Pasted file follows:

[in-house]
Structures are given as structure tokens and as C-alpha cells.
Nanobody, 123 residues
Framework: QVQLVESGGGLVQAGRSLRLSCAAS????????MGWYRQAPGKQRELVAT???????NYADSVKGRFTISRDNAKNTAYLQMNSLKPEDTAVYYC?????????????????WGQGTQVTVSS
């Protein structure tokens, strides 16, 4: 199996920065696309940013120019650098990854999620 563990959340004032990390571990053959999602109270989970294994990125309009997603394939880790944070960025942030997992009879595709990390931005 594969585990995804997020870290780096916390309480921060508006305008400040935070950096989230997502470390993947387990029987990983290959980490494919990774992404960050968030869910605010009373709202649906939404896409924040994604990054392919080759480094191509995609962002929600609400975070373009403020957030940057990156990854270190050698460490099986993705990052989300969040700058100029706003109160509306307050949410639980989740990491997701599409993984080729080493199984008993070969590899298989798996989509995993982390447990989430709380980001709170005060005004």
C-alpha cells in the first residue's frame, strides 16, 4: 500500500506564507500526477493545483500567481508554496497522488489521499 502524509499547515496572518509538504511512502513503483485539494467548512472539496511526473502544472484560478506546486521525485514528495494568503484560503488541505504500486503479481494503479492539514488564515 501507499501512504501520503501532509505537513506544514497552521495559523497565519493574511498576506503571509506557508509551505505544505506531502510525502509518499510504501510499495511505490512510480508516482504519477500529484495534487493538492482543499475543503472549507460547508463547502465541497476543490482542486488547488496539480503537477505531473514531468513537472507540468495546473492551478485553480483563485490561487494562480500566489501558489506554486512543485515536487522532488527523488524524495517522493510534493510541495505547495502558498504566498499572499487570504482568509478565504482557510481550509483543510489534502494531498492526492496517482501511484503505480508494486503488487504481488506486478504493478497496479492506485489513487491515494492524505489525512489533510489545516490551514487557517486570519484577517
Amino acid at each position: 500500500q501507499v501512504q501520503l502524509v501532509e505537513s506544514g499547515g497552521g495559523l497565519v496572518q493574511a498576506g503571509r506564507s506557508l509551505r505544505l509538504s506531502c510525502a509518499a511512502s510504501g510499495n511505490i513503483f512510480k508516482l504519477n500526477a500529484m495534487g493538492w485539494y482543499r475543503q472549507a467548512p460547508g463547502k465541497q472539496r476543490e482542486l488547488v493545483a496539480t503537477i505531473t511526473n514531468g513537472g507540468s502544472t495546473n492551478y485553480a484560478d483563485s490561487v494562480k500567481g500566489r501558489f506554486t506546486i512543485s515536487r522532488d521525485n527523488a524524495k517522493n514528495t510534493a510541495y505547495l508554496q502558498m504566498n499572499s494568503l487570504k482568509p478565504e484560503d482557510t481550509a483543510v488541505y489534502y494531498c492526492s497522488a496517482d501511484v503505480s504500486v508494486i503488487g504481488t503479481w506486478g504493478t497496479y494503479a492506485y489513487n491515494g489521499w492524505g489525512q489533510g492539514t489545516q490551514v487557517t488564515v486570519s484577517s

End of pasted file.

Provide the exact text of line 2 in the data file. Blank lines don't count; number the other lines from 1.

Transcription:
Structures are given as structure tokens and as C-alpha cells.